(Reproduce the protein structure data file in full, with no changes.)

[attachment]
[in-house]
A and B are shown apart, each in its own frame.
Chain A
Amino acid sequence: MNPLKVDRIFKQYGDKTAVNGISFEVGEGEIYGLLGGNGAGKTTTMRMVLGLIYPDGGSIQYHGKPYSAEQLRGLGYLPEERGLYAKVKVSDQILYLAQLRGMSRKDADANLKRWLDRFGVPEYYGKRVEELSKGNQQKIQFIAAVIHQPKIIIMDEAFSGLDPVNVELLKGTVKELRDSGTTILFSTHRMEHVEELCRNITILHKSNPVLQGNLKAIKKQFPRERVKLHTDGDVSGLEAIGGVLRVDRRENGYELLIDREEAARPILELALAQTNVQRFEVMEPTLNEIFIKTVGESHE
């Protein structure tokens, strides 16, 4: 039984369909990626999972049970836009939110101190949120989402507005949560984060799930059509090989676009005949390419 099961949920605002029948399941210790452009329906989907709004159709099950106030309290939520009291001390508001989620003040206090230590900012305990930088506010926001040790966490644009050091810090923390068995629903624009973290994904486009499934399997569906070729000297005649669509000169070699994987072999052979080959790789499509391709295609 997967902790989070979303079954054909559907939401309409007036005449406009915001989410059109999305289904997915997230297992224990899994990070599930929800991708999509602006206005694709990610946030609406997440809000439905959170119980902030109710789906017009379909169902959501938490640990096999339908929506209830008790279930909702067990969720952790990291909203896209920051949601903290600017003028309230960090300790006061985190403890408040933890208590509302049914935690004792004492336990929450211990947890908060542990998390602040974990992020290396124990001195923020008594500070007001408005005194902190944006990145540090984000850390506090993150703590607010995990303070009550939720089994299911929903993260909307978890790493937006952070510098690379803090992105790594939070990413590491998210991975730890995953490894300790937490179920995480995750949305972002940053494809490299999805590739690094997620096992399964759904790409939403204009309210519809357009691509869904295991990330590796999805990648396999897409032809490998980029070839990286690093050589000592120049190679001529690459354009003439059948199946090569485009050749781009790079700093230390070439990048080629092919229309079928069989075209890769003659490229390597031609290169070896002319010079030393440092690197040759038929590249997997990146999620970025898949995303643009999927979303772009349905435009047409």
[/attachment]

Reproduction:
[in-house]
A and B are shown apart, each in its own frame.
Chain A
Amino acid sequence: MNPLKVDRIFKQYGDKTAVNGISFEVGEGEIYGLLGGNGAGKTTTMRMVLGLIYPDGGSIQYHGKPYSAEQLRGLGYLPEERGLYAKVKVSDQILYLAQLRGMSRKDADANLKRWLDRFGVPEYYGKRVEELSKGNQQKIQFIAAVIHQPKIIIMDEAFSGLDPVNVELLKGTVKELRDSGTTILFSTHRMEHVEELCRNITILHKSNPVLQGNLKAIKKQFPRERVKLHTDGDVSGLEAIGGVLRVDRRENGYELLIDREEAARPILELALAQTNVQRFEVMEPTLNEIFIKTVGESHE
């Protein structure tokens, strides 16, 4: 039984369909990626999972049970836009939110101190949120989402507005949560984060799930059509090989676009005949390419 099961949920605002029948399941210790452009329906989907709004159709099950106030309290939520009291001390508001989620003040206090230590900012305990930088506010926001040790966490644009050091810090923390068995629903624009973290994904486009499934399997569906070729000297005649669509000169070699994987072999052979080959790789499509391709295609 997967902790989070979303079954054909559907939401309409007036005449406009915001989410059109999305289904997915997230297992224990899994990070599930929800991708999509602006206005694709990610946030609406997440809000439905959170119980902030109710789906017009379909169902959501938490640990096999339908929506209830008790279930909702067990969720952790990291909203896209920051949601903290600017003028309230960090300790006061985190403890408040933890208590509302049914935690004792004492336990929450211990947890908060542990998390602040974990992020290396124990001195923020008594500070007001408005005194902190944006990145540090984000850390506090993150703590607010995990303070009550939720089994299911929903993260909307978890790493937006952070510098690379803090992105790594939070990413590491998210991975730890995953490894300790937490179920995480995750949305972002940053494809490299999805590739690094997620096992399964759904790409939403204009309210519809357009691509869904295991990330590796999805990648396999897409032809490998980029070839990286690093050589000592120049190679001529690459354009003439059948199946090569485009050749781009790079700093230390070439990048080629092919229309079928069989075209890769003659490229390597031609290169070896002319010079030393440092690197040759038929590249997997990146999620970025898949995303643009999927979303772009349905435009047409």